6. Museums and galleries

There are hundreds of museums and art galleries scattered throughout the country, from the provincial and curious - to London’s internationally -acclaimed and world-famous institutions.  Happily, many of these are free to enter, or invite a voluntary donation.  A directory of the UK’s museums and art galleries can be found at the Visit Britain website.

7. European travel/holidays/city breaks

The UK is fantastically well -placed for quick and cheap travel to continental Europe or to North Africa.  Many places on the continent are accessible for a weekend or longer, if you have time to spare.  Many budget airlines operate from small regional airports throughout the country.  Leading companies include Ryanair, Jet2, easyjet and flybe.  Alternatively, a cheap way to get to France, Holland, Belgium or Spain is by car ferry.  Major ferry ports operate at Plymouth, Portsmouth, Folkestone, Felixstowe, Hull and Newcastle -upon -Tyne.  If you fancy getting the train, Eurostar runs from London St Pancras, through Ashford International and on to Lille, Paris and beyond.  If you want to take your car through the channel tunnel, you can book a place on the Eurotunnel Shuttle –a train which holds cars.

8. Health and fitness

Many people in the UK enjoy playing sport and keeping fit.  A popular way to keep fit is to join a private gym, where you pay a monthly membership fee.  These tend to be quite expensive, and only really good value if you know you will use the facilities a few times a week.  A more affordable way of exercising is by using local facilities, either at your workplace or at council-run leisure centres and public swimming pools.  You pay an entrance fee every time you attend, but the price is usually relatively low.  In addition to solo exercise, there are many local amateur sports leagues and clubs where you can play your sport competitively.  This is a great way of meeting people.  If you’re not sure how to play a particular sport but want to join in, use the internet to research how to play football, rugby, cricket, golf, bowls, squash or hockey, then just join in and have a go!  Dance, yoga, Pilates and aerobics (exercise classes) are all popular in the UK too, and there will no doubt be classes in your area, or even at your university, that you can attend.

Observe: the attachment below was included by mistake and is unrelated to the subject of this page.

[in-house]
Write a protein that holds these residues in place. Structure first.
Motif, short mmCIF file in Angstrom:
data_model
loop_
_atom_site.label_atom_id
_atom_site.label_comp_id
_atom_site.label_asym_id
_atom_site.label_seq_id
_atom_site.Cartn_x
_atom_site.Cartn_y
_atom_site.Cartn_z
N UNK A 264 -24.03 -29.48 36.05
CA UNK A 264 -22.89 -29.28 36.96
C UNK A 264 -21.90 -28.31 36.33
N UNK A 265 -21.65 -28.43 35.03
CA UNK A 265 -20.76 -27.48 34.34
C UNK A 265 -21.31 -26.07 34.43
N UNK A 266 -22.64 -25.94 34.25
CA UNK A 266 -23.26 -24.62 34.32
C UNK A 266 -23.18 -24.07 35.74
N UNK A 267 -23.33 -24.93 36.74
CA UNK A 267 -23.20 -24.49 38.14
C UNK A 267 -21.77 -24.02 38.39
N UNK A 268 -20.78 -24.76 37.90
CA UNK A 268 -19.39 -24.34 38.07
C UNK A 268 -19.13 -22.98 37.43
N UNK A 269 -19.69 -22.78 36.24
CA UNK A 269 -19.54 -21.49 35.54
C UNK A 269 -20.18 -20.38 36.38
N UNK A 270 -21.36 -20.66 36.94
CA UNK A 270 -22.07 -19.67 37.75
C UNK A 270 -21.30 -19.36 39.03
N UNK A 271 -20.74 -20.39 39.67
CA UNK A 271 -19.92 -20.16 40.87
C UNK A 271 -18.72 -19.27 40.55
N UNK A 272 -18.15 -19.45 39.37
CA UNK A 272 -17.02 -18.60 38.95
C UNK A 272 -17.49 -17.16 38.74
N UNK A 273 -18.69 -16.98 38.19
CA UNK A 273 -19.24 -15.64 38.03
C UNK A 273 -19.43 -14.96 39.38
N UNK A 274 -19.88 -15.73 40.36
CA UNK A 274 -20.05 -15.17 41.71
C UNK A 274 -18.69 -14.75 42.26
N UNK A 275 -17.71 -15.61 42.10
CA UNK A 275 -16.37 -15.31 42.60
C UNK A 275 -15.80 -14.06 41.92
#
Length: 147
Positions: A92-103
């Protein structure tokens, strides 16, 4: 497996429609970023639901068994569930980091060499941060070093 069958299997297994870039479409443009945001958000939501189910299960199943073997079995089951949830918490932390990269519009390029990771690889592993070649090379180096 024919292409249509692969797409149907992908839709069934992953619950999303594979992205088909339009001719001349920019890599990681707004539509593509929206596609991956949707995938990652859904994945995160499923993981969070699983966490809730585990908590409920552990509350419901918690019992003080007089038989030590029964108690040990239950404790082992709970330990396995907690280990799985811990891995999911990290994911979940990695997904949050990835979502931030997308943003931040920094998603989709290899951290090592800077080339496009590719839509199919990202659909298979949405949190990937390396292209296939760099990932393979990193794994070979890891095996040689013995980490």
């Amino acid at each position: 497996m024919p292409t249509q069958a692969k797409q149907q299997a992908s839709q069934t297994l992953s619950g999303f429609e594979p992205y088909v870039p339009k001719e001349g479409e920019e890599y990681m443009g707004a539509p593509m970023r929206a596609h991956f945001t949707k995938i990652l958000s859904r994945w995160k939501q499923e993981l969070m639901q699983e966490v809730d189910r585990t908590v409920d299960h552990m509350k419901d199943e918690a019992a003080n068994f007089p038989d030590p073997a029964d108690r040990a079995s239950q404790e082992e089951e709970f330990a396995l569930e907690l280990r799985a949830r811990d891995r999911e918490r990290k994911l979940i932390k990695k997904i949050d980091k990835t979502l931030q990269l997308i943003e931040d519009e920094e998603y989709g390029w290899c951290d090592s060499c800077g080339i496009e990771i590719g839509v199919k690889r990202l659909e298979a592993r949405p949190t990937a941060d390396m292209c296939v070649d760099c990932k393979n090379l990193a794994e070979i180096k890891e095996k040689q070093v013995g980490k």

9. Evening classes

If you would like to learn a new skill or develop an existing one,you might want to think about signing up for an evening class in your local area.  These are usually short courses held once a week in the evening and can cater to a wide selection of interests, such as novel or poetry writing, photography, gardening, pottery, sewing, IT, bridge, or learning foreign languages.  Courses are often held at local further-education colleges: your local council should provide information on its website.

10. Websites and resources

About my area

Visit Britain

Guardian Travel

Telegraph Travel

What’s on guide

Time Out London

Visit England

Visit Scotland

Visit Wales

Discover Northern Ireland